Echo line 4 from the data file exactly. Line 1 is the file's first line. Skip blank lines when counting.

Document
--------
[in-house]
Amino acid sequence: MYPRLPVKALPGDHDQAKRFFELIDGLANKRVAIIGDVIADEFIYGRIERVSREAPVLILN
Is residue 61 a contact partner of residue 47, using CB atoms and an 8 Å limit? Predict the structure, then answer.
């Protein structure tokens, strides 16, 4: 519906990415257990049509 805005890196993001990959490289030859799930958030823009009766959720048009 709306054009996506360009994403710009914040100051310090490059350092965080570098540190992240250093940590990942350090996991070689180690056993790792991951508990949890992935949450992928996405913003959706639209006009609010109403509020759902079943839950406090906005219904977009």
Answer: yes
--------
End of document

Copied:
């Protein structure tokens, strides 16, 4: 519906990415257990049509 805005890196993001990959490289030859799930958030823009009766959720048009 709306054009996506360009994403710009914040100051310090490059350092965080570098540190992240250093940590990942350090996991070689180690056993790792991951508990949890992935949450992928996405913003959706639209006009609010109403509020759902079943839950406090906005219904977009």